“Minimalists don’t focus on having less, less, less,” they say. “Rather, we focus on making room for more: more time, more passion, more experiences, more growth and contribution and contentment. More freedom. It just happens that clearing the clutter from life’s path helps us make that room.”

Minimalism helps keep us calm and maintain and sense of space.

Minimalism helps keep us calm and maintain and sense of space.
Source: Supplied

Australia has just run its own anti-affluenza project, The New Joneses. It portrays buying items to “keep up with the Joneses” as outdated, and encourages a mindset of doing more with less. Last February, a man called Wayne moved into a purpose-built house in Melbourne’s City Square in just his underwear. In the week he lived there, he had to find everything he needed to live a lighter life, from a sustainable energy supplier to secondhand clothes, bedding and furniture.

“The New Joneses maximise resources and minimise waste,” explains creator of the project, Tamara DiMattina. “They choose to simplify their lives by being more resourceful. It shows an enjoyable life doesn’t have to be all about buy, buy, buy. They’re road-testing a lifestyle that’s better for us, our wallets, our people and our planet. They’re living it up, not keeping up.”

When it comes to living it up, size matters. Thirty years ago, the average Australian home was 150 square metres. Today, despite families shrinking, our houses are, on average, 243 square metres – the biggest in the world. But could this contribute to our stress? Anti-affluenza campaigners predict living in smaller spaces would make us happier and more fulfilled. “If you have a smaller house, you need fewer things, so consume less energy (and money) on running it, which produces less waste,” explains DiMattina. “All this adds up to a more sustainable lifestyle and more money in your pocket.”

Sally Wills, 51, is the director of ‘small house’ building company Small Change Design & Construction. She lived in her first small house (freestanding, so different from an apartment) more than 15 years ago in Victoria’s Albert Park. “It was 45 square metres, which is about two and a half garages,” she says. “It was fantastic. I knew where everything was.” She then moved to a 7x9m house in WA. “We had to be very careful about everything we bought,” she says. “If it wouldn’t fit, we didn’t buy it. Everything had to be functional: the couch was a sofa bed, the dining table extended.” Their bed was a metre off the floor, with storage underneath. In the kitchen, they cut plaster off the walls to fit shelves. Wills now lives in a 75-square-metre house with her daughter, 13. “It’s bigger than we need,” she admits.

We should make room in our lives for new experiences, not just new stuff.

We should make room in our lives for new experiences, not just new stuff.
Source: News Limited

Wills set up her small-house business when she realised the environmental impact of large homes. “A couple ‘downsizing’ would want three or four bedrooms,” she says. “I wanted to build energy-efficient houses, but that was beside the point when I was building a 250-square-metre house for two people. If a house is half the size, it makes more sense.”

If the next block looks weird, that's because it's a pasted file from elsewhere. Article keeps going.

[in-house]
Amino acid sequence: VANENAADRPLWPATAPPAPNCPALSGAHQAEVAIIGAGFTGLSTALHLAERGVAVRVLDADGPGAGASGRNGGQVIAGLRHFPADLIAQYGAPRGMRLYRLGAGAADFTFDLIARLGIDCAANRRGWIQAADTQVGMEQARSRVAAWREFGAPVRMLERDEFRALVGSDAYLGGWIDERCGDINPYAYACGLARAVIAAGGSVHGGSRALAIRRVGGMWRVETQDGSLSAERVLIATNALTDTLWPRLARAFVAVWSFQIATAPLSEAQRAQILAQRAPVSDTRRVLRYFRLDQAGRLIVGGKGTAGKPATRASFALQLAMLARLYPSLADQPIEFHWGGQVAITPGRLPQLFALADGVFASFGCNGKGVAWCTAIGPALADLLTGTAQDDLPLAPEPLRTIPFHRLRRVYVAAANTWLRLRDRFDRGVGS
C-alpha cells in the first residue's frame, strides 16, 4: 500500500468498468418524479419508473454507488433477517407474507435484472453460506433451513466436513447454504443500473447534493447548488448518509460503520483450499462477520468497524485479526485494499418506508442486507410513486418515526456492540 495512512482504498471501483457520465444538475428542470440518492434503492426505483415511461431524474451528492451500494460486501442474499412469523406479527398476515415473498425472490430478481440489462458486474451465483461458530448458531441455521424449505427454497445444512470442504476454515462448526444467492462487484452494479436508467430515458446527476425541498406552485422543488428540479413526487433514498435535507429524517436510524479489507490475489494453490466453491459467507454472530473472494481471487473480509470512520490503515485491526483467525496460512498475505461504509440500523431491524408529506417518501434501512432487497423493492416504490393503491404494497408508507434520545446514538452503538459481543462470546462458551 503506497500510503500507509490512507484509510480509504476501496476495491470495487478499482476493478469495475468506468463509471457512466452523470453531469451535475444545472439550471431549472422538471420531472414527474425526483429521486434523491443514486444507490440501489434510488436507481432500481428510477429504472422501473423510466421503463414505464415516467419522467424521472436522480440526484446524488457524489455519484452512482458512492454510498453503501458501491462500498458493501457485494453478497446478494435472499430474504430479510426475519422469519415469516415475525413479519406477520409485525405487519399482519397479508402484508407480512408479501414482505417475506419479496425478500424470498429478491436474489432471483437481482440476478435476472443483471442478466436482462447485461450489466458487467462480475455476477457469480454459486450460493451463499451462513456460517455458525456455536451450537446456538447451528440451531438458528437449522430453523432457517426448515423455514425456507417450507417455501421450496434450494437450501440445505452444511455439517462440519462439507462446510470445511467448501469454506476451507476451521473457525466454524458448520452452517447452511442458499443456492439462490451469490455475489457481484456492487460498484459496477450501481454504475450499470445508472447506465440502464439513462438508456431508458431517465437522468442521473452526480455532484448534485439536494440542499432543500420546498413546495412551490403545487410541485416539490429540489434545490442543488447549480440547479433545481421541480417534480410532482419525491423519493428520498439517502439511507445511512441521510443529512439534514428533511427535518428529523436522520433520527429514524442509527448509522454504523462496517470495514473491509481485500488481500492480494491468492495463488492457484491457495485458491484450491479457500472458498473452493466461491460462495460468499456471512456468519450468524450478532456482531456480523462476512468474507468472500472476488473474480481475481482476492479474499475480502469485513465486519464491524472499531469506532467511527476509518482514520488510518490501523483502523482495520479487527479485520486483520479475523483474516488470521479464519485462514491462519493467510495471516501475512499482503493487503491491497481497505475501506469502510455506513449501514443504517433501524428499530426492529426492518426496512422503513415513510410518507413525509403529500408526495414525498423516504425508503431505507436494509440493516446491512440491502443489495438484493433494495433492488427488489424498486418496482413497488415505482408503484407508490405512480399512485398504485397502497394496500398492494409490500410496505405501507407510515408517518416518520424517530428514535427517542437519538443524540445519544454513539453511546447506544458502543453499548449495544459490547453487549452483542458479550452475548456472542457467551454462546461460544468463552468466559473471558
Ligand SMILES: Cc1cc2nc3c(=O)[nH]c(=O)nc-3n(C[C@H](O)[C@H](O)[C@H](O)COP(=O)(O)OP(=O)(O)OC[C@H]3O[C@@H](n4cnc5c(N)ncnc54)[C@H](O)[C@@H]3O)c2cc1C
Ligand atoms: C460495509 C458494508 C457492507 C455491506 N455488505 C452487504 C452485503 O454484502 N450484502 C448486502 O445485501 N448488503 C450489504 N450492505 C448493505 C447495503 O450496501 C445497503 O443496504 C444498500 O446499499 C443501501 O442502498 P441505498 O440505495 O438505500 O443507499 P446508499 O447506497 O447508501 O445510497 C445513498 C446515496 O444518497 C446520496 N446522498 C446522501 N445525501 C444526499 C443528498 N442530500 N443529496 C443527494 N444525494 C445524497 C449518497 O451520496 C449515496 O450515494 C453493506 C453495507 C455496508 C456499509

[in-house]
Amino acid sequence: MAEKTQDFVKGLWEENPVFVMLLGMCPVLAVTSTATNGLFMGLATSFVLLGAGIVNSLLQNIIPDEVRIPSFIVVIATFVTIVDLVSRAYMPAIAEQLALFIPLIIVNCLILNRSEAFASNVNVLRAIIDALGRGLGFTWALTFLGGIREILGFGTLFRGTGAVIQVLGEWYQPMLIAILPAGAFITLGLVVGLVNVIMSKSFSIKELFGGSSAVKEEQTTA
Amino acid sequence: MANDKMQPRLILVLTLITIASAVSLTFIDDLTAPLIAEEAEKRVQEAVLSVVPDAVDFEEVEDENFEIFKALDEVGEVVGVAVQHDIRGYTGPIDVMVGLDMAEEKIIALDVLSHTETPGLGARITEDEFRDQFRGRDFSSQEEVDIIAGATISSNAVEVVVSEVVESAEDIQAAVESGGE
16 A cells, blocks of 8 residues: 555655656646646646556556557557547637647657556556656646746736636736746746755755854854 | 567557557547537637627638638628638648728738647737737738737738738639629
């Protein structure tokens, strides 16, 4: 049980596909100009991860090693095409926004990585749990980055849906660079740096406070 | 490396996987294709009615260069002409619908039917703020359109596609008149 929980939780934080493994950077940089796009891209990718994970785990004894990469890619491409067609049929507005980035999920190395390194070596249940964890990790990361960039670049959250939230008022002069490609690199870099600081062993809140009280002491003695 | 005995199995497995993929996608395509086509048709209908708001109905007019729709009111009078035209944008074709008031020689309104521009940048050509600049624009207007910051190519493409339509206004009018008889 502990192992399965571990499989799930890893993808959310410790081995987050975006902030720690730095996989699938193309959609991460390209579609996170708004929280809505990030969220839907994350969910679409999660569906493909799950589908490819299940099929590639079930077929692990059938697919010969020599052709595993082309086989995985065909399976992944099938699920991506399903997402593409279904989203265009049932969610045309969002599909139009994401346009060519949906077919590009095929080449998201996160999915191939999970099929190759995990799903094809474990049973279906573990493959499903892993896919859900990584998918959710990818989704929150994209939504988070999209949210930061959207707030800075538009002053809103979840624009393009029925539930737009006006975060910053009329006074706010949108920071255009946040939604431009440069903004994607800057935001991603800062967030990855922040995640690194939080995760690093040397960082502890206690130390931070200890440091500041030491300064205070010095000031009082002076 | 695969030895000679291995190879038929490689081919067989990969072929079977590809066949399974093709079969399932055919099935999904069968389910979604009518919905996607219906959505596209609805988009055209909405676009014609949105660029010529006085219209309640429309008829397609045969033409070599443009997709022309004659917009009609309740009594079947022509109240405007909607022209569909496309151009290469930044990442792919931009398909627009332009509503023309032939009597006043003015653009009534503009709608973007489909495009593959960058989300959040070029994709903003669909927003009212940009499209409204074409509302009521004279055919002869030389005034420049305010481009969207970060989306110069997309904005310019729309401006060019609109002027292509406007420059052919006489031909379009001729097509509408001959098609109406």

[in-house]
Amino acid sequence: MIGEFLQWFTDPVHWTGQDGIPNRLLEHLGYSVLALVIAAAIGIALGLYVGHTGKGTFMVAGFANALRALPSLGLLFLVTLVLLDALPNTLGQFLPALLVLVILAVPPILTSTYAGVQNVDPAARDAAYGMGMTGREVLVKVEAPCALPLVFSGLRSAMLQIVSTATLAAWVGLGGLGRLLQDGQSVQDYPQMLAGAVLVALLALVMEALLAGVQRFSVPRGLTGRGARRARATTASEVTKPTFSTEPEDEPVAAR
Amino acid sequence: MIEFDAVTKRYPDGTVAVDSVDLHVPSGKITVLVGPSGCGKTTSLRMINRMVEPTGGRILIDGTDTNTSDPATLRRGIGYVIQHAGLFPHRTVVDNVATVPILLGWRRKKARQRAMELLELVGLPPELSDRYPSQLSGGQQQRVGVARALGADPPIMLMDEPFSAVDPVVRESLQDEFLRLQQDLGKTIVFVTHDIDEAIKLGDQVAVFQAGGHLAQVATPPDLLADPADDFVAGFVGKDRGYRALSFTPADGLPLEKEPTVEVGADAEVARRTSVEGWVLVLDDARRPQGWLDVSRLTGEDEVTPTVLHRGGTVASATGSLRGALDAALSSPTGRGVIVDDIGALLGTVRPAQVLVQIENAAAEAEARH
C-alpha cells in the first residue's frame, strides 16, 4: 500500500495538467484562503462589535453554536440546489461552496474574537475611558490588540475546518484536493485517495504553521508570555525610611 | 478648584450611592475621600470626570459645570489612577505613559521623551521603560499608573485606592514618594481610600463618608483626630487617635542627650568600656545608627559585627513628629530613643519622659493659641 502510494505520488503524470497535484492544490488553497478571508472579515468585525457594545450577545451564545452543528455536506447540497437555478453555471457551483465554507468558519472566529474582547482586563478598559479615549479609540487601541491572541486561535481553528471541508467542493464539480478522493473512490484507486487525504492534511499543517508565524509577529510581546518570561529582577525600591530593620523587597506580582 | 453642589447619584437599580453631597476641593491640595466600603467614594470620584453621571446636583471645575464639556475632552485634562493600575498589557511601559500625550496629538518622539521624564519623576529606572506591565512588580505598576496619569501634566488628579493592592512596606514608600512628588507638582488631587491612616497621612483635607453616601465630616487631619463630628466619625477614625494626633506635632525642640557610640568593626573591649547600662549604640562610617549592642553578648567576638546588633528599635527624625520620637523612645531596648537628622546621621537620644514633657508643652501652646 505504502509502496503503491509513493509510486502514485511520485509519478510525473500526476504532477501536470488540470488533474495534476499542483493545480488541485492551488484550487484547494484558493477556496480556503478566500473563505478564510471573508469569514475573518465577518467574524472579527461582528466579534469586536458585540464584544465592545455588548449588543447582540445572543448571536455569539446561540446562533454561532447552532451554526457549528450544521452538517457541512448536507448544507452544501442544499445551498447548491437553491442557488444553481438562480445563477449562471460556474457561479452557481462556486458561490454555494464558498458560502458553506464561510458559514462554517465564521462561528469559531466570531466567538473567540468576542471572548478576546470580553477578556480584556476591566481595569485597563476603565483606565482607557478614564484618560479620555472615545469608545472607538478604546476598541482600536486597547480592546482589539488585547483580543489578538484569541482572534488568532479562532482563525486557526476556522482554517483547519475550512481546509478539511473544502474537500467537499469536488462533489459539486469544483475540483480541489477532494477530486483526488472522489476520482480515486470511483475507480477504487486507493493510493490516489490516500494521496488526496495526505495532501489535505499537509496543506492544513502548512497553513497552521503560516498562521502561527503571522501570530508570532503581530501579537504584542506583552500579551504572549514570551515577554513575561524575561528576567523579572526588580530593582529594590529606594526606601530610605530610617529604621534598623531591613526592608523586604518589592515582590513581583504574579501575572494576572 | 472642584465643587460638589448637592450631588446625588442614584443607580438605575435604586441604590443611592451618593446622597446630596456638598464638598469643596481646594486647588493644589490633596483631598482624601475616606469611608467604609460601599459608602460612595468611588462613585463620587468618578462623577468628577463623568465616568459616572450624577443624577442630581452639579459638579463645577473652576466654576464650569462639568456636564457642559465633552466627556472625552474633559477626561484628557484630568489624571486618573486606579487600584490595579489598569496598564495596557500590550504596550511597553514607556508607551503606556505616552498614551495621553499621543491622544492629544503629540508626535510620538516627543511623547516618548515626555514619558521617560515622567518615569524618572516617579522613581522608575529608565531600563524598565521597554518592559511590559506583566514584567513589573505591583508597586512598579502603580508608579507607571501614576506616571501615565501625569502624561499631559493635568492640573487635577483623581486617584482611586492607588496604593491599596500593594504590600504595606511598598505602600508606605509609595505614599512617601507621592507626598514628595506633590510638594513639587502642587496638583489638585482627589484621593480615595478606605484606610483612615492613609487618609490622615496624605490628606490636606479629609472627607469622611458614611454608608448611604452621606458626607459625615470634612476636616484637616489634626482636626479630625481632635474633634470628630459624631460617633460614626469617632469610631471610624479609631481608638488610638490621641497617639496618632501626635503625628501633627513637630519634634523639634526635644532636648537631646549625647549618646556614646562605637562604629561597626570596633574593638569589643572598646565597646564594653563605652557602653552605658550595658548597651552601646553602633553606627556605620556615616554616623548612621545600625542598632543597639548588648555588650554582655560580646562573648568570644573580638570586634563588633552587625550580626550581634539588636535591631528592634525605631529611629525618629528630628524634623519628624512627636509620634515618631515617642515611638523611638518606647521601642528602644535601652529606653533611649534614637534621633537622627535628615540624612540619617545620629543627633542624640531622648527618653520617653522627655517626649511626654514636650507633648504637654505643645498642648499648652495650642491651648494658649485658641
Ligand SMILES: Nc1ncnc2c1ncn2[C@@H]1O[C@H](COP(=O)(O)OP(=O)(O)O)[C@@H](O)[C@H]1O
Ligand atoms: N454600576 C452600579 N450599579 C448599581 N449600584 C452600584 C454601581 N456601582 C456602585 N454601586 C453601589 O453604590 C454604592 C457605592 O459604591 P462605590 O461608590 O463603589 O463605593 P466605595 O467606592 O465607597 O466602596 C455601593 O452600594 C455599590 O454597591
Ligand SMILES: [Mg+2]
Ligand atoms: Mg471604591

She builds houses between 20 and 80 square metres. “Building a 60-square-metre house means a fourfold reduction [from a 250-square-metre house] in the cost to build and run it. It’s much more sustainable.” The price of Wills’ creative, beautiful houses ranges from $2000 to $2500 per square metre. When the median price of a Sydney apartment is $573,000, and a Melbourne apartment is $511,500, even taking land price into account, small houses make financial sense. Sustainability is key. “They are low-impact buildings,” says Wills. “They’re timber, lightweight, with insulated walls and windows. It’s all about good-quality materials.”

Quality over quantity is the New Joneses ethos too, and also the theory behind another of DiMattina’s projects, Buy Nothing New Month. Each October, she encourages people to think before they buy, and ask if they need a new item, or if they could borrow or buy secondhand instead. “It’s not about having nothing; it’s about having the right things,” she says. “Well-designed products give longevity. The New Joneses buy well made, built-to-last items.”

The social benefit of small houses is also remarkable. “Smaller houses on smaller plots of land increase the density of suburbs, so can support strong communities,” explains Wills. “If people are downsizing but want outdoor space, they can remain in their community – essential as our population ages.”

Wills hasn’t always lived small. When she had her daughter, she built an extension. “Soon we had two housefuls of stuff,” she says. “Whatever space you have, you use, whether you need it or not.”

What about those who say they need a big home to house energetic children? Wills believes small spaces can be great for relationships. “A small house means you have to interact,” she says. “Children often like the sense of being in a cubbyhouse, somewhere enclosed and safe.” She notes many families downsize after going on holiday. “People stay in a small apartment and realise life is enriched by their experiences, not stuff or space.”

Download the Sunday Style app here

Follow Sunday Style on Twitter here

Follow Sunday Style on Instagram here


Source: Happy Living

On July 4th, celebrate by being happy: Regina Brett – cleveland.com (blog)

Every 4th of July, the Declaration of Independence is briefly celebrated.

It shows up in newspapers and on Facebook posts for everyone to glance at before they fire up the grills and watch the fireworks.